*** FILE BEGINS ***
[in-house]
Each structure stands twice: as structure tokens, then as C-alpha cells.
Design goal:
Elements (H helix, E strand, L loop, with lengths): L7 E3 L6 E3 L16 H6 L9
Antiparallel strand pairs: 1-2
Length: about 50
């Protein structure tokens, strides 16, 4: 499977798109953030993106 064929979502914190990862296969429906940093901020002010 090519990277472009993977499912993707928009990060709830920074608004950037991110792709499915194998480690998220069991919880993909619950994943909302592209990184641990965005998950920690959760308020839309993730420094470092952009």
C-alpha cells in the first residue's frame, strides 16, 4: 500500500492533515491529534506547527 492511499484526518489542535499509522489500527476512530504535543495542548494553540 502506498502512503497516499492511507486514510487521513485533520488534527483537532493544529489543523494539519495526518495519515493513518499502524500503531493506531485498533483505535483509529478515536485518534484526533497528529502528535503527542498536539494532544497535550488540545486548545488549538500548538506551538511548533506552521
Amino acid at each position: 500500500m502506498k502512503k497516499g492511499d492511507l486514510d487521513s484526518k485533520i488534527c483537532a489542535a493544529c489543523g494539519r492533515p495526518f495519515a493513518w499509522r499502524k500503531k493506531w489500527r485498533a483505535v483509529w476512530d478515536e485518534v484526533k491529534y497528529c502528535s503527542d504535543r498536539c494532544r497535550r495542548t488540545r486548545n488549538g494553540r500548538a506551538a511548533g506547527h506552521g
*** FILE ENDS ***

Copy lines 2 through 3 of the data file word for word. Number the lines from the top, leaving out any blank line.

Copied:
Each structure stands twice: as structure tokens, then as C-alpha cells.
Design goal: